Wednesday, February 25, 2009

The Elk Hunter's Rifle

What's Important, but we won't go there now!

Since before David and Goliath, people have been searching for better ways of propelling rocks--and their successors--at opponents and wild game. A look into hunting or shooting magazines, or a sporting goods store indicate the search continues. As people search for the "super-whazzooo," they need to recall that Biblical accounts of David's conquest didn't include mention of his brand-new, shiny, high-velocity rock-throwing sling. It centered on the people of the story. Only David's accurate slinging and his will to succeed brought down Goliath.

We will skip following Biblical precedent of focusing on the individual, for now, and move on to the "super-whazzooo," or at least a simplified version. The individual will come later. I mean, who doesn't like guns? (besides Hillary, Schumer, et al.)

Whether it's David's sling,

a complex Olympic grade air rifle:

a less complex, but nearly as accurate high-power competition rifle,

or a hunting-type rifle,

the important consideration is they are all just "tools."

Some people like the crescent-wrench. Others constantly wield a Leatherman. Similarly, I have my view of what tool works best for Bull Elk, essentially what The Elk Hunter's Rifle should be.

If a Bull Elk is your quest, here are the elements that need to be addressed to build The Elk Hunter's Rifle: (links added as needed)

With those elements in mind, my perfect Elk Hunter's Rifle would be built on a Winchester Model 70 action, and have a medium-weight 22-inch barrel. Several years ago, I would have mounted a rear aperture (peep) sight and a sharp, square front post. As I have aged, my preference for sights has changed. Now I would opt for a Leupold 4x scope with a simple duplex reticle. It would be chambered for either a 30-06 or a 338-06. It would seem that I forgot the trigger, but one of the reasons I chose the Model 70 action is for its trigger.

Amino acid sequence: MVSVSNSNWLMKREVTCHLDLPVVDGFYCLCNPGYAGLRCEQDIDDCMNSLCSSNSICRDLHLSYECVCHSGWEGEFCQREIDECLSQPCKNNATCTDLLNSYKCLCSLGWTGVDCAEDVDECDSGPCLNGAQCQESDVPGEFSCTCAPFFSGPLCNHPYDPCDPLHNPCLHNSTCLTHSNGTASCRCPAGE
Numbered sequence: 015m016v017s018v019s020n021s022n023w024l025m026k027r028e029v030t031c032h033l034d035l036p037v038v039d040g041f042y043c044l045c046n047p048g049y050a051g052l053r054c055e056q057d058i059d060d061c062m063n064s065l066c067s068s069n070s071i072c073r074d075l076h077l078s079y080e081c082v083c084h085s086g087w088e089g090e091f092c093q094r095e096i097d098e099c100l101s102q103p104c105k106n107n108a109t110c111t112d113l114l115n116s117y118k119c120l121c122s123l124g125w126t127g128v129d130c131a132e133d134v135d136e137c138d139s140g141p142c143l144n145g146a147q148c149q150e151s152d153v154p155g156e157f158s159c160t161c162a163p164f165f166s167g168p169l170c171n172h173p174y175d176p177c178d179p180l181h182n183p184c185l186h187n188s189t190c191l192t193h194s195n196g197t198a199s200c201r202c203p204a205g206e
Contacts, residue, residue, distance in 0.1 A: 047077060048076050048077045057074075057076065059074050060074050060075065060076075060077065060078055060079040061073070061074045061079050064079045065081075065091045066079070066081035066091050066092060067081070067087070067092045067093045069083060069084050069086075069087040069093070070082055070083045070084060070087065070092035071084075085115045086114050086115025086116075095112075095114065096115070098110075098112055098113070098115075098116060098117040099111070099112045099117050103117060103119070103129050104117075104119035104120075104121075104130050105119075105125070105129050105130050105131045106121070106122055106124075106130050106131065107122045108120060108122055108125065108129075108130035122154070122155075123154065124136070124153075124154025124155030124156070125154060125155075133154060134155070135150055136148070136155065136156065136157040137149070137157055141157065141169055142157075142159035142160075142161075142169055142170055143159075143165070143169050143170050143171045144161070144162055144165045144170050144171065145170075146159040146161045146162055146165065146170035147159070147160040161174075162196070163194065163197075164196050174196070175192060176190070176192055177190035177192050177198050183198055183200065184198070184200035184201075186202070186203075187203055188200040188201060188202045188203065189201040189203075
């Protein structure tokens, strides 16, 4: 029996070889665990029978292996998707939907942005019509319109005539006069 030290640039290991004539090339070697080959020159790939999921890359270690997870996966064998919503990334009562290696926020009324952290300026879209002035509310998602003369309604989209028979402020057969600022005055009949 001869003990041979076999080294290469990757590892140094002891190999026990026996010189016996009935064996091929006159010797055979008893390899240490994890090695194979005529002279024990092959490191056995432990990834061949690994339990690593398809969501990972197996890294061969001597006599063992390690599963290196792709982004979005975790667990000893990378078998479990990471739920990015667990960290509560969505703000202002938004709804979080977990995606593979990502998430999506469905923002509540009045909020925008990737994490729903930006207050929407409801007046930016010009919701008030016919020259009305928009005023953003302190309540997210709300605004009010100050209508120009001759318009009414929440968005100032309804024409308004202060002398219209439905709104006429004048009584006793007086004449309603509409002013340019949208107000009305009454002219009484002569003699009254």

Reasons for those decisions will be revealed as this series continues.

As a person who believes in K.I.S.S., I haven't built the perfect Elk Hunter's Rifle, but continue to use what is in the safe. Mostly I grab this Remington Model 700, in 300 Winchester Magnum:

The only bullet-launcher I own that comes close to The Elk Hunter's Rifle is this one:

This rifle is a sporterized Springfield 1903A3. It has taken more elk, deer and bear than I know, but I only take it out of the safe for occasional cleaning. My grandfather, Charlie Carter, bought this miliary rifle from the NRA for about $25 in the late 1950s. He cut and polished the barrel, fitted it for a scope and built the stock. No factory stock can compare in fit to a person. Surprisingly, everyone who has ever held this rifle remarks on the stock fit.

More later. Onward and upward.


Back to: My Initial Response

Return to .300 Weatherby Magnum

1 comment:

EcoRover said...

I inherited Dad's little 308 Sako, and that's been a perfect rifle for a dozen or so elk: light, quick, accurate. Have also whacked a bunch with 25-06 Browing Bolt and a few with 257 Roberts M-70 Fthrwt, but the old 308 is sweet. Good triggers all.